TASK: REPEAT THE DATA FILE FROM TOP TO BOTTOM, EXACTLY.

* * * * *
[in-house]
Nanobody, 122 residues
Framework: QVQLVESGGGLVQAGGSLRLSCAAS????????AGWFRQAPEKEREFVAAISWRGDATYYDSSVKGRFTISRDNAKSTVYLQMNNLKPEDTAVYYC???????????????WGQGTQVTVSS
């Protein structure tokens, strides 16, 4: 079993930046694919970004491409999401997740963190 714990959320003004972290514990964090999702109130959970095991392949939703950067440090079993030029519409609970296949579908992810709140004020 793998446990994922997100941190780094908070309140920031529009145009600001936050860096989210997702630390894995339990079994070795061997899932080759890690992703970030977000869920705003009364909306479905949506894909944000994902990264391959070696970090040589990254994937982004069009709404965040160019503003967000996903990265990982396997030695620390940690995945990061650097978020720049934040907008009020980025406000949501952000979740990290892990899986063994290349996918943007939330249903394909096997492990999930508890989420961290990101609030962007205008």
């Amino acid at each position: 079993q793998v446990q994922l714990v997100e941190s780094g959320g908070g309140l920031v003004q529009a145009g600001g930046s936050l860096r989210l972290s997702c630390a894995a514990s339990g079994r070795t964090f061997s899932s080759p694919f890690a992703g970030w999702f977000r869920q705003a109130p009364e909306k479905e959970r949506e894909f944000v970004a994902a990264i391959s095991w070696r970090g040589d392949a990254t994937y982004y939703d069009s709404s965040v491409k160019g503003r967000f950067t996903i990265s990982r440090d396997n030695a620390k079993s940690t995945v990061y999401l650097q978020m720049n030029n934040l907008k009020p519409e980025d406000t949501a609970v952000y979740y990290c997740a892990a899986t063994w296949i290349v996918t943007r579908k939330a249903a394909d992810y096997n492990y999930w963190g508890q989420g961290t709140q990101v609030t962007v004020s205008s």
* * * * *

[in-house]
Nanobody, 122 residues
Framework: QVQLVESGGGLVQAGGSLRLSCAAS????????AGWFRQAPEKEREFVAAISWRGDATYYDSSVKGRFTISRDNAKSTVYLQMNNLKPEDTAVYYC???????????????WGQGTQVTVSS
């Protein structure tokens, strides 16, 4: 079993930046694919970004491409999401997740963190 714990959320003004972290514990964090999702109130959970095991392949939703950067440090079993030029519409609970296949579908992810709140004020 793998446990994922997100941190780094908070309140920031529009145009600001936050860096989210997702630390894995339990079994070795061997899932080759890690992703970030977000869920705003009364909306479905949506894909944000994902990264391959070696970090040589990254994937982004069009709404965040160019503003967000996903990265990982396997030695620390940690995945990061650097978020720049934040907008009020980025406000949501952000979740990290892990899986063994290349996918943007939330249903394909096997492990999930508890989420961290990101609030962007205008």
């Amino acid at each position: 079993q793998v446990q994922l714990v997100e941190s780094g959320g908070g309140l920031v003004q529009a145009g600001g930046s936050l860096r989210l972290s997702c630390a894995a514990s339990g079994r070795t964090f061997s899932s080759p694919f890690a992703g970030w999702f977000r869920q705003a109130p009364e909306k479905e959970r949506e894909f944000v970004a994902a990264i391959s095991w070696r970090g040589d392949a990254t994937y982004y939703d069009s709404s965040v491409k160019g503003r967000f950067t996903i990265s990982r440090d396997n030695a620390k079993s940690t995945v990061y999401l650097q978020m720049n030029n934040l907008k009020p519409e980025d406000t949501a609970v952000y979740y990290c997740a892990a899986t063994w296949i290349v996918t943007r579908k939330a249903a394909d992810y096997n492990y999930w963190g508890q989420g961290t709140q990101v609030t962007v004020s205008s």